“For prints that worked this hard and traveled this much, they’re really in quite good condition,” Mr. Lubell said.

And they are relics from an age of photography that has now almost fully passed. “Given the technical changes that have taken place in the world of photography, including the digitization of images,” Mr. Fuhrman of MSD Capital, said in a statement, “a collection of prints like these will never exist again.”

Leaked "Lost" Episode Spurs Surprising Fan Reaction
James Hibberd

The first hour of the final season of ABC's "Lost" has leaked online, and the reaction is not what industry insiders expected.

Though preview content for heavily serialized dramas such as "Lost" are typically and frantically consumed online by fans, the sixth season of the ABC hit has managed to build such an epic level of anticipation that many fans are doing the unthinkable: refusing to watch the leaks.

When the opening scene from the premiere popped up online after a fan promotion Friday, users of one popular social network site voted to "bury" the video.

"Why spoil it now?" wrote one fan with the moniker MyWhiteNoise. "I'd rather watch it in hi-def and surround sound than ruin the surprise and watch some (low-quality) video."

To TV executives, such statements are like something from an alternative universe, the polar-bear opposite of how young, Web-savvy viewers typically respond to content. Fans usually embrace any short cut that skips the linear TV and advertiser-supported experience.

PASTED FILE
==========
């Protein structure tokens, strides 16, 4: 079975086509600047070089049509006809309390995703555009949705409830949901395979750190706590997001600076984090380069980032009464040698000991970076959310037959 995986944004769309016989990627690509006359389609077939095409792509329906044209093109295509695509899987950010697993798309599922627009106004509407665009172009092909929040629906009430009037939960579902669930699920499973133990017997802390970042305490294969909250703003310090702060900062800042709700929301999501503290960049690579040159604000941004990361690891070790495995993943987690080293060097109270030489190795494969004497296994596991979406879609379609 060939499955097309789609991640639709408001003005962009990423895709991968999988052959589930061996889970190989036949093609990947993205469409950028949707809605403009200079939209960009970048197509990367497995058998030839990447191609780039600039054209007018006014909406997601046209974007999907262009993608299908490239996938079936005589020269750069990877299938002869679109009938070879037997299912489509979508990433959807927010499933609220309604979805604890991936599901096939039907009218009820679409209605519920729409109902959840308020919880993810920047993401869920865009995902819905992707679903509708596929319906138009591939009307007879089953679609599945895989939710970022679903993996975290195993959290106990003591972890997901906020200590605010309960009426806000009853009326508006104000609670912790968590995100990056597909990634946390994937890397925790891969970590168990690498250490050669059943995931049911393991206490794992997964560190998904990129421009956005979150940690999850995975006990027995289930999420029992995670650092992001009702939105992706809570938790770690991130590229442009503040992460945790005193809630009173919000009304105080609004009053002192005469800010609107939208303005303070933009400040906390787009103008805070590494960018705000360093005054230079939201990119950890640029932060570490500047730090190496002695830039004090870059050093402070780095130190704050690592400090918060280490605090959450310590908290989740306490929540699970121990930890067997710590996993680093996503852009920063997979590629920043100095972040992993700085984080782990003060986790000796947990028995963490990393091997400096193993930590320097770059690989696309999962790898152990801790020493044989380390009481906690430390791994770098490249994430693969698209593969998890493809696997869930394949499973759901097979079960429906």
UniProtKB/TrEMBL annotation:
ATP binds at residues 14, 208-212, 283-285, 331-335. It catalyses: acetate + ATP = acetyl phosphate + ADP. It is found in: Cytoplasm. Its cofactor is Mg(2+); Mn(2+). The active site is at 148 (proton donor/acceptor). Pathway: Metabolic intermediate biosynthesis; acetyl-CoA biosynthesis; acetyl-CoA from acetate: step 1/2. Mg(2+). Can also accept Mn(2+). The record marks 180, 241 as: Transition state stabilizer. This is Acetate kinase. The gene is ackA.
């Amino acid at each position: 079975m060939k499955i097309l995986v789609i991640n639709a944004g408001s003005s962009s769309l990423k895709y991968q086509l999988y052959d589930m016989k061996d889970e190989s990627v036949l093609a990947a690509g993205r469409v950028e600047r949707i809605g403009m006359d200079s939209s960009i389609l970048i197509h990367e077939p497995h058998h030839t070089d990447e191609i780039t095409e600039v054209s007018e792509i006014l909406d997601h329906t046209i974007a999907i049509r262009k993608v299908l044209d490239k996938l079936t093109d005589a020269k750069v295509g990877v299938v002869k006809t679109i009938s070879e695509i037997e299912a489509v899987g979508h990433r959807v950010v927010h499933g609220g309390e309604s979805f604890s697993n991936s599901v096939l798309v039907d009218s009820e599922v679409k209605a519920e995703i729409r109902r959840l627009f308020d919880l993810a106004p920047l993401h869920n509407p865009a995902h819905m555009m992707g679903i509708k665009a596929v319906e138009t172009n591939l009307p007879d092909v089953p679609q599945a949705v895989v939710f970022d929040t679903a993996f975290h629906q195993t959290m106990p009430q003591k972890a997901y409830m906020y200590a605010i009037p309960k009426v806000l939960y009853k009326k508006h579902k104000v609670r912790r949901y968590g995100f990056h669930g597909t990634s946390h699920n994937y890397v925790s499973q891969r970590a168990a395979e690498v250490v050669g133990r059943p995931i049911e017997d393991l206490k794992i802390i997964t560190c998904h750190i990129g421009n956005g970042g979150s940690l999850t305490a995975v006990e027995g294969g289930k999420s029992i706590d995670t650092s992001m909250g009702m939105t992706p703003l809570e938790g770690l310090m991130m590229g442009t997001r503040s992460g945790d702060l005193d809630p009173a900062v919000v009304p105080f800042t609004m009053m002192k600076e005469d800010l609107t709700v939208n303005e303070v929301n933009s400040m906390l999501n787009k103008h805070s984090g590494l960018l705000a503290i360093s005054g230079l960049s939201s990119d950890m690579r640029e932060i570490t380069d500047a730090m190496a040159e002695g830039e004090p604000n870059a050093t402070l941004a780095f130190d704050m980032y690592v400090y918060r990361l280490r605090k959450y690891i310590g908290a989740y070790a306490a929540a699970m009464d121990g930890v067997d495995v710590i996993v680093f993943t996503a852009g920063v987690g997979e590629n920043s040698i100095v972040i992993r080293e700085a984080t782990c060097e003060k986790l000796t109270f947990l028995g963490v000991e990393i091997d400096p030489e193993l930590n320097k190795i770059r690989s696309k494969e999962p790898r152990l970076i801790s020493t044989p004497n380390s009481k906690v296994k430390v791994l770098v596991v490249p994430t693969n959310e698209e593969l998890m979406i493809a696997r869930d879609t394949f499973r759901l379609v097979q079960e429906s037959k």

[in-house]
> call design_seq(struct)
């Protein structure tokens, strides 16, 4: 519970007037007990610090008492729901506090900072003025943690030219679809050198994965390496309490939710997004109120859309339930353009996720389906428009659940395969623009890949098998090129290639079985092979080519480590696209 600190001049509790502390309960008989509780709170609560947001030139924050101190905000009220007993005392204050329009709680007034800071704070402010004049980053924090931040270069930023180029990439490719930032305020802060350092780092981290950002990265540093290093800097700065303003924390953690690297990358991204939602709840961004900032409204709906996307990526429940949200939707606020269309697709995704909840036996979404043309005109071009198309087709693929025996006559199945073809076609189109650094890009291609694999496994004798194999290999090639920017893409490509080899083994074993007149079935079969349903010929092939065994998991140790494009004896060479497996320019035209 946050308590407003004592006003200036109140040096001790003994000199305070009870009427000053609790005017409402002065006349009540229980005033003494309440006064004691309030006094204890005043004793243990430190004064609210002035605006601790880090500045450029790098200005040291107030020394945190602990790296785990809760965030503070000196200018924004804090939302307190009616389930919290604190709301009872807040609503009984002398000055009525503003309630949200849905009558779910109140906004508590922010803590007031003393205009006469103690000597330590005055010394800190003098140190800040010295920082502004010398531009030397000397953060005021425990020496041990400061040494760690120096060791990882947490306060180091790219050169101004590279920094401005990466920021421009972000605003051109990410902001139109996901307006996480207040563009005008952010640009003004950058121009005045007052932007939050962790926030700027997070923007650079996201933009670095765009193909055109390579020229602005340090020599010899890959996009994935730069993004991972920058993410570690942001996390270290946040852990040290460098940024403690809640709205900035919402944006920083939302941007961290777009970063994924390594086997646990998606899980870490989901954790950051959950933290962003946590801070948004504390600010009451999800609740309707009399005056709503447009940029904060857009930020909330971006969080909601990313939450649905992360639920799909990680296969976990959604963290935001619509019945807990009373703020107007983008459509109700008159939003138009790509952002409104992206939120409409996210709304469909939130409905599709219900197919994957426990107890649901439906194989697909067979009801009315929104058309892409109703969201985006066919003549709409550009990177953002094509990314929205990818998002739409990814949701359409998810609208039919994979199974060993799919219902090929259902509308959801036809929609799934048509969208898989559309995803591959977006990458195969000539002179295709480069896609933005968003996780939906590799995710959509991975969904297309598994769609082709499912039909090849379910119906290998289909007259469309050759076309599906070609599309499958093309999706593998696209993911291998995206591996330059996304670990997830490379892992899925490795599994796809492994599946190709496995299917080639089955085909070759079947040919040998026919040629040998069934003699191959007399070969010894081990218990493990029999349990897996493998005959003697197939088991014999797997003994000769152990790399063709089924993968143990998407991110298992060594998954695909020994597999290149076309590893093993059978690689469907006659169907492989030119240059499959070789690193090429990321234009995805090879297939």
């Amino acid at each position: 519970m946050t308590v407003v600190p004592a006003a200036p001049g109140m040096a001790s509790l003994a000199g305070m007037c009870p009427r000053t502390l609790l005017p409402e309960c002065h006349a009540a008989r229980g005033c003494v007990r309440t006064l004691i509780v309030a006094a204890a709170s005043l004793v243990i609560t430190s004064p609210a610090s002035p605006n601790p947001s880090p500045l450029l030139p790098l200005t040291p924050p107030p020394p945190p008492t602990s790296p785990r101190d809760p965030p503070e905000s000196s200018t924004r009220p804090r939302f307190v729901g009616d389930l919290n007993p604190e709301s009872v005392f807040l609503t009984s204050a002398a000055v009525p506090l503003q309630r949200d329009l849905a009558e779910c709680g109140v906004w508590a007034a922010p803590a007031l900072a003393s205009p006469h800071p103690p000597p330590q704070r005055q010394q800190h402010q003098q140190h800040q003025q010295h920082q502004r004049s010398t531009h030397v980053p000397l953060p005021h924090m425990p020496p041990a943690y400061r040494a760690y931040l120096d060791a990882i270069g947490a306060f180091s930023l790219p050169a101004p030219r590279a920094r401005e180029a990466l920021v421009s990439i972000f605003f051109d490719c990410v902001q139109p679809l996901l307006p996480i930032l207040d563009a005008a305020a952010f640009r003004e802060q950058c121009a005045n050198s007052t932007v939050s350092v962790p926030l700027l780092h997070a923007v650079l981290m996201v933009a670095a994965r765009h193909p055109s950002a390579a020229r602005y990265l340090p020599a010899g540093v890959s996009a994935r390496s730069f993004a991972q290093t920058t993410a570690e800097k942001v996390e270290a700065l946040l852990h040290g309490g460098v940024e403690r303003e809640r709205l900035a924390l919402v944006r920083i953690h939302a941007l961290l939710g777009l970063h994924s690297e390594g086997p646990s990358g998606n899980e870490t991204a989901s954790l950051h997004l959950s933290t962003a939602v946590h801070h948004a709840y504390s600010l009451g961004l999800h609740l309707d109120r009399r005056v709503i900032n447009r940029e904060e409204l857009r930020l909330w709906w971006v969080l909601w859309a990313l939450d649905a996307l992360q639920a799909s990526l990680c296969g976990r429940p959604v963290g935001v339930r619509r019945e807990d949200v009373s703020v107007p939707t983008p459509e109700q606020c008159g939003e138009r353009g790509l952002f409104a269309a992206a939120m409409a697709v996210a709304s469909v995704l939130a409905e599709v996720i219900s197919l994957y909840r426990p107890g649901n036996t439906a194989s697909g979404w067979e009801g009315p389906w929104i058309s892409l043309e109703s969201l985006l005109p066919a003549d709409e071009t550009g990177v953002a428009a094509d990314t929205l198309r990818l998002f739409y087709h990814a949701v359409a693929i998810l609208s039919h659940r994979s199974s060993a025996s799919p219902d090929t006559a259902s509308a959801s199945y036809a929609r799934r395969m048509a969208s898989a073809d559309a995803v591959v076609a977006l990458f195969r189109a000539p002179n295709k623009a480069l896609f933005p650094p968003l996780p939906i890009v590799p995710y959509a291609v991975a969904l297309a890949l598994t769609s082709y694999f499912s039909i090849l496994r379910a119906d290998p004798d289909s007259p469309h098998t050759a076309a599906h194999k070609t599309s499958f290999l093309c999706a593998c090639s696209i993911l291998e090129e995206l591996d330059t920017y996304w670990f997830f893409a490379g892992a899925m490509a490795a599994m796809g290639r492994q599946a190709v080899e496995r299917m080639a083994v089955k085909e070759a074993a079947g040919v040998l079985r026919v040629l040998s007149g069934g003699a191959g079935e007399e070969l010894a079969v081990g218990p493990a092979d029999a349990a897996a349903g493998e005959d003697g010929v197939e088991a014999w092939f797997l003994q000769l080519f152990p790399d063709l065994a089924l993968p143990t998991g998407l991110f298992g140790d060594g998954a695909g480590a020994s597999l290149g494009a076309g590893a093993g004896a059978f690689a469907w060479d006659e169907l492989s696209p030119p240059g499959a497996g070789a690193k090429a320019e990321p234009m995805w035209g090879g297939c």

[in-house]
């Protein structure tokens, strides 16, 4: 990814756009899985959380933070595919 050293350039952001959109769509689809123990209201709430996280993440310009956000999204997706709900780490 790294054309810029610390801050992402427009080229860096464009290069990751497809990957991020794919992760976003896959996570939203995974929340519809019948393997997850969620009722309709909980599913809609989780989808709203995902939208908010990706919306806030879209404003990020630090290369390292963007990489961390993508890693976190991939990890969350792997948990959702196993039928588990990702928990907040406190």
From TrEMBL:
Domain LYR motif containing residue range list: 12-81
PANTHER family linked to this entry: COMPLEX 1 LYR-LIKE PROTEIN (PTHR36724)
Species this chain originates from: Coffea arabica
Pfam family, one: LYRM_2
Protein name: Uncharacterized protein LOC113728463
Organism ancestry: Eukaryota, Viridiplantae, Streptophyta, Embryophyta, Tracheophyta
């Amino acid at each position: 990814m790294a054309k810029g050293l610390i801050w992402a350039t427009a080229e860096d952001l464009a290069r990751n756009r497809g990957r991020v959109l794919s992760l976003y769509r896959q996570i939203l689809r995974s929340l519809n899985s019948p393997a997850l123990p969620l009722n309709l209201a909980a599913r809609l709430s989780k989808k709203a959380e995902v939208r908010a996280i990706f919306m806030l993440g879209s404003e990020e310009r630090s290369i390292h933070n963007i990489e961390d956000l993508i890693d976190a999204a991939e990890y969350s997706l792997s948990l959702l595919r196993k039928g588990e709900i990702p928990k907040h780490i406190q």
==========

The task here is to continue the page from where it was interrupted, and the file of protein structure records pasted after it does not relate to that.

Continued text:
"We never had a show like 'Lost' before that had these kind of fans that love it so much that they don't want to know what happens before the premiere," said Michael Benson, co-executive vice president of marketing at ABC. "Fans feel like they own this thing, just like we do."

On Monday, fan commitment was given an even greater test when the entire premiere episode appeared on YouTube. The video was taken from hand-held cameras discretely shooting during a fan screening on Oahu. The Hawaii event itself was a revelation -- can any other TV drama rally 12,000 fans to an island in the South Pacific? Some flew in just to see the 44 minutes of video that ABC will air Tuesday night.

Not Interested

Yet when the inevitable YouTube copies appeared Sunday, many videos received only a few hundred hits as online fans registered their lack of interest in crummy bootlegs. "Are people so impatient that they would rather watch a cell phone camera version of the 'Lost' premiere than wait one day?" Kyool wrote on Twitter.